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Treatment For Epilepsy and Seizures

Specific treatment for epilepsy or a seizure in children will be determined by your child's physician based on:

  • your child's age, overall health, and medical history
  • extent of the condition
  • type of seizure
  • your child's tolerance for specific medications, procedures, or therapies
  • expectations for the course of the condition
  • your opinion or preference

The goal of seizure management is to control, stop, or decrease the frequency of seizures in children without interfering with the child's normal growth and development. The major goals of seizure management include the following:

  • proper identification of the type of seizure
  • using medication specific to the type of seizure
  • using the least amount of medication to achieve adequate control
  • maintaining good medicating levels

Treatments for Pediatric Seizures


There are many types of medications used to treat seizures and epilepsy in children. Medications are selected based on the type of seizure, age of the child, side effects, the cost of the medication, and the adherence with the use of the medication.

Medications used at home are usually taken by mouth (as capsules, tablets, sprinkles, or syrup), but some can be given rectally (into the child's rectum). If the child is in the hospital with seizures, medication by injection or intravenous (IV) may be used.

It is important to give your child his/her medication on time and as prescribed by your child's physician. Different people use up the medication in their body differently, so adjustments (schedule and dosage) may need to be made for good control of seizures.

All medications can have side effects, although some children may not experience side effects. Discuss your child's medication side effects with his/her physician

Vagus Nerve Stimulation (VNS)

Some children, whose seizures are not being well-controlled with seizure medications, may benefit from a treatment procedure called vagus nerve stimulation (VNS). VNS is currently only used for children over the age of 12 who have partial seizures that are not controlled by other methods.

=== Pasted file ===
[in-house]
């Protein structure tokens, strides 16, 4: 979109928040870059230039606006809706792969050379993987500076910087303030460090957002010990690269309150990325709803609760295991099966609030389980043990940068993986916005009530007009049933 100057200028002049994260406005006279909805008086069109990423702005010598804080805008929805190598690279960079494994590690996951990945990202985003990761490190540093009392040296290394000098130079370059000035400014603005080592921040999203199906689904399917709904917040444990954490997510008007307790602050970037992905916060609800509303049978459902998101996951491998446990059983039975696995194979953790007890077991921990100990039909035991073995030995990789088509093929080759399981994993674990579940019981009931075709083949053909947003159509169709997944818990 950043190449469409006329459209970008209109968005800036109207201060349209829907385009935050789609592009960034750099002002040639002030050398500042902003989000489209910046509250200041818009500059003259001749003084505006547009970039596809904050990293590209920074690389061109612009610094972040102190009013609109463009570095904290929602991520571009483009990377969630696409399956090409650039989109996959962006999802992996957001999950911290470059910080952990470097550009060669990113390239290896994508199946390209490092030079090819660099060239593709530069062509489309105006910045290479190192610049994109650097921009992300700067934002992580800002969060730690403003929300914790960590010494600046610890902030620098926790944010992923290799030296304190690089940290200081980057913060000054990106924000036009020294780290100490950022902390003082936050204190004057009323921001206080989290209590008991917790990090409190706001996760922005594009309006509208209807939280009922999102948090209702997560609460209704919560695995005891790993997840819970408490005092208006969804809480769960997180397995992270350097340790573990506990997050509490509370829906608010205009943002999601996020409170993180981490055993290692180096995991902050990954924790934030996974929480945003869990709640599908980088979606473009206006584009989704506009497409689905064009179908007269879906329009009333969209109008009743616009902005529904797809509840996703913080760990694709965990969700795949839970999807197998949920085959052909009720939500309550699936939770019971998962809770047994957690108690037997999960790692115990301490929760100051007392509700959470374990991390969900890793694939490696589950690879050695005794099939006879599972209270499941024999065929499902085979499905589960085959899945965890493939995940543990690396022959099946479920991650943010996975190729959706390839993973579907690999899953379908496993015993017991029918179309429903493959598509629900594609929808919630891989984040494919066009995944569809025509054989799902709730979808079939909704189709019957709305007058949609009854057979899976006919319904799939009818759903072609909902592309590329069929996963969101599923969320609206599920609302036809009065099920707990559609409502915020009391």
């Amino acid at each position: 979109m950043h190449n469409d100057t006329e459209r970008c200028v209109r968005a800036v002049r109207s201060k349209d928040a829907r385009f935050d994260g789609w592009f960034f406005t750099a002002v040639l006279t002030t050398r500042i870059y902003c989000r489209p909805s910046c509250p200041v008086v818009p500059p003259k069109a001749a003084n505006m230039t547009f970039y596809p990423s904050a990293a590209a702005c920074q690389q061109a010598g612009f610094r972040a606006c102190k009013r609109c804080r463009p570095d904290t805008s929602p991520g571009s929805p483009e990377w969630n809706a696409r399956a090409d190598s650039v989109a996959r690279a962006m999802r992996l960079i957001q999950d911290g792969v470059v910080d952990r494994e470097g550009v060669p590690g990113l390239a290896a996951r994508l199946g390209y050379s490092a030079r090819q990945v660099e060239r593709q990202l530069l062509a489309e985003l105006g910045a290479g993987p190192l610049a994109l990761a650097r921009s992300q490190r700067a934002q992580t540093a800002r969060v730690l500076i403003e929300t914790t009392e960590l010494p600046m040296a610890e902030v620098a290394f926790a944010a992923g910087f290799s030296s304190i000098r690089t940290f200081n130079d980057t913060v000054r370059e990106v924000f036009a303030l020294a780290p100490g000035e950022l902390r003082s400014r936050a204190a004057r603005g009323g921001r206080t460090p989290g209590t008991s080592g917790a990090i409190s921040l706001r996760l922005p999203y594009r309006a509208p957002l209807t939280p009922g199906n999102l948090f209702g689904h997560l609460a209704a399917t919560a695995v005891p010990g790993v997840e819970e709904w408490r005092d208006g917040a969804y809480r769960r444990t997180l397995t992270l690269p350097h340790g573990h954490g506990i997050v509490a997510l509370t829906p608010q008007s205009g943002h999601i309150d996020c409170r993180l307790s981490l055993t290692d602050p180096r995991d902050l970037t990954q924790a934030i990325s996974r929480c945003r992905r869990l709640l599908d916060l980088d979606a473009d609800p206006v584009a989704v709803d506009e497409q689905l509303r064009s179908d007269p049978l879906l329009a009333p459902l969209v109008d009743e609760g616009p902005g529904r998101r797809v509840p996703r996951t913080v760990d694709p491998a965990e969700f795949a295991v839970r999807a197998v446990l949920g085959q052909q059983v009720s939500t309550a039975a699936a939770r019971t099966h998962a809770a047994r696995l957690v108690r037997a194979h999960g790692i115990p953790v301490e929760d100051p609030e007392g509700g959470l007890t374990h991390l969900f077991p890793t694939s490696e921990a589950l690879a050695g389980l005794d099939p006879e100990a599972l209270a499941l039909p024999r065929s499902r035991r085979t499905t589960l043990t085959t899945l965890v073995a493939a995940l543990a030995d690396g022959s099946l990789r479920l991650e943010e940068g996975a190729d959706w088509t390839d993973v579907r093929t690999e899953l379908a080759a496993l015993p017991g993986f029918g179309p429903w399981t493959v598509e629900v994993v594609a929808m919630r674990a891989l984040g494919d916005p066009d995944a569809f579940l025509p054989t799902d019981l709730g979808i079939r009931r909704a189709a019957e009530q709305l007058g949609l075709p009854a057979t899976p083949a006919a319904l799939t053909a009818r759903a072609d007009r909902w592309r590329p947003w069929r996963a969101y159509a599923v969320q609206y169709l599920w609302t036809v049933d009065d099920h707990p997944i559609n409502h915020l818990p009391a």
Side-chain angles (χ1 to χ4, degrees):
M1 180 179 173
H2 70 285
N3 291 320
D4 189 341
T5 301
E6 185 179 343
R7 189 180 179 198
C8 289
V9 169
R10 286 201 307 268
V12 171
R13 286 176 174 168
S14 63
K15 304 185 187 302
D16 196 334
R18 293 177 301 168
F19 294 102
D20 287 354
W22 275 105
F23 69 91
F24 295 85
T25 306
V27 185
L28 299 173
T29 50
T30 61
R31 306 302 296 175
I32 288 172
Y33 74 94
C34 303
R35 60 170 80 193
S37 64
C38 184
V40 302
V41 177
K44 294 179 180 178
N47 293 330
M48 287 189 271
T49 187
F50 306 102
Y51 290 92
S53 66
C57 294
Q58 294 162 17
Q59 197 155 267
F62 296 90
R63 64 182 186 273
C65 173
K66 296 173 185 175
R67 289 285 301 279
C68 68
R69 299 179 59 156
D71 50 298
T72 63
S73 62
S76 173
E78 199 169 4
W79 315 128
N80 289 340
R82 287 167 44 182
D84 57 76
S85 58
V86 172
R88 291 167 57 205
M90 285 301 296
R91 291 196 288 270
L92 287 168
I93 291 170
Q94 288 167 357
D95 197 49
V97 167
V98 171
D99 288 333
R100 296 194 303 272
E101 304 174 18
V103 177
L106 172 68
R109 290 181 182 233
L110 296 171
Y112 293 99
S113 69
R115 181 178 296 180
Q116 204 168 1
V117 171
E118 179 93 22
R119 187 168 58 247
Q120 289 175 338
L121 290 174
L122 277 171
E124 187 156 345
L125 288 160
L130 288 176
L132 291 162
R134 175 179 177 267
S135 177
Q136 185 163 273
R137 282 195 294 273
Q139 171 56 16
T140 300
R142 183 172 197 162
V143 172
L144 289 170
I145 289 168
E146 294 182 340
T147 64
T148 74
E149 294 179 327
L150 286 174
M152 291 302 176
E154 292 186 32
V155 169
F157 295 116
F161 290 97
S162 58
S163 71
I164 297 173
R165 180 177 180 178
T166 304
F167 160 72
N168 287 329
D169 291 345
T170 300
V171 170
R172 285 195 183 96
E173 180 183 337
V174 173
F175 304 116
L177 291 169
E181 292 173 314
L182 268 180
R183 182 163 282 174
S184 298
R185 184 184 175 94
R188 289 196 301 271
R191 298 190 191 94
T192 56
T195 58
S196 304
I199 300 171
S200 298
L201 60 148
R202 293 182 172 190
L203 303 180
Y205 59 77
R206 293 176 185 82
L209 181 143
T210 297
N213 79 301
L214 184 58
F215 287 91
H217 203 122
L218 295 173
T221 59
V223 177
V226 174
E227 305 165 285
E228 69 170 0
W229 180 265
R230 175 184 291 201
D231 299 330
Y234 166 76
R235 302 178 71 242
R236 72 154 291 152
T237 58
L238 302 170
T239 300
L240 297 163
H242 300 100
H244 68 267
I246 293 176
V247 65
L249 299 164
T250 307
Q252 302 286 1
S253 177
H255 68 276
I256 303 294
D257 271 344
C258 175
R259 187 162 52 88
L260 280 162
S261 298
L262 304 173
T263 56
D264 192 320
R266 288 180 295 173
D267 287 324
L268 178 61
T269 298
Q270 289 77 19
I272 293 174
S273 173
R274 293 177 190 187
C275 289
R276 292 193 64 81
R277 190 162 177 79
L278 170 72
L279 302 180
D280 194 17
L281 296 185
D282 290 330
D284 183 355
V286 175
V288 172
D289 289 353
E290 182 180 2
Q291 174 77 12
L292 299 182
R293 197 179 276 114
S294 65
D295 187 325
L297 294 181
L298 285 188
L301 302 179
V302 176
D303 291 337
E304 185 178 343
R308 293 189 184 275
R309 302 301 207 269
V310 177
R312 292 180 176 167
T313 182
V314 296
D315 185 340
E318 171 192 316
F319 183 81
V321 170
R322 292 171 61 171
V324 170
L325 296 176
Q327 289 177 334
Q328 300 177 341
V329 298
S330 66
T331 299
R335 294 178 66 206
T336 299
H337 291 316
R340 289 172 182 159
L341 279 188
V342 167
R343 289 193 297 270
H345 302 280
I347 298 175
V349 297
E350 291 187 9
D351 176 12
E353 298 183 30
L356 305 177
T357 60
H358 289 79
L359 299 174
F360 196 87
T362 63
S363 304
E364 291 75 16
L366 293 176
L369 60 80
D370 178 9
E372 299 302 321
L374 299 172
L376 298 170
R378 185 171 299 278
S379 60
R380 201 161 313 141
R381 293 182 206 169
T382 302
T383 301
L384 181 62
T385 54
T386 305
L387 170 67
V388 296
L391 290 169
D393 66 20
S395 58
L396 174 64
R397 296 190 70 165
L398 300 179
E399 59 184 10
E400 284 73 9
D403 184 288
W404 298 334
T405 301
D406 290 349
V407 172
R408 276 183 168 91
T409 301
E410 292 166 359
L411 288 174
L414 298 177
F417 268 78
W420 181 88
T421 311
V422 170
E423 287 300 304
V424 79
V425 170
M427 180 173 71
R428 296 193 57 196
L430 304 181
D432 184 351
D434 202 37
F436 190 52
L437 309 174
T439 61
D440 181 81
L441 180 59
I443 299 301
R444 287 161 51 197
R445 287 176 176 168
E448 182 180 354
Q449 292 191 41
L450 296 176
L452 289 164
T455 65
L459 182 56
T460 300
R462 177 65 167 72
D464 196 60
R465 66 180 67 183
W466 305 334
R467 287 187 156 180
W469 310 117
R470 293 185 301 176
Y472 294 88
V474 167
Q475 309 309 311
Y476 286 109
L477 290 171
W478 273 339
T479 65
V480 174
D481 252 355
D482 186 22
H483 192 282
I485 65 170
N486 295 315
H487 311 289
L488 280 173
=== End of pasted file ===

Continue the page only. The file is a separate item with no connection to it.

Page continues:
VNS attempts to control seizures by sending small pulses of energy to the brain from the vagus nerve, which is a large nerve in the neck. This is done by surgically placing a small battery into the chest wall. Small wires are then attached to the battery and placed under the skin and around the vagus nerve. The battery is then programmed to send energy impulses every few minutes to the brain. When the child feels a seizure coming on, he/she may activate the impulses by holding a small magnet over the battery. In many people, this will help to stop the seizure.

There are some side of the effects that may occur with the use of VNS. These may include, but are not limited to, the following:

  • hoarseness
  • pain or discomfort in the throat
  • change in voice


Another treatment option for pediatric epilepsy and seizures is surgery. Surgery may be considered in a child who:

  • has seizures that are unable to be controlled with medications.
  • has seizures that always start in one area of the brain.
  • has a seizure in a part of the brain that can be removed without disrupting important behaviors such as speech, memory, or vision.

Surgical treatment for epilepsy and seizures is a very complicated surgery performed by a specialized surgical team. The operation may remove the part of the brain where the seizures are occurring, or, sometimes, the surgery helps to stop the spread of the bad electrical currents through the brain.

A child may be awake during the surgery. The brain itself does not feel pain. With the child awake and able to follow commands, the surgeons are better able to make sure that important areas of the brain are not damaged.

Surgery may not be an option for every child with epilepsy or seizures. Discuss this with your child's physician for more information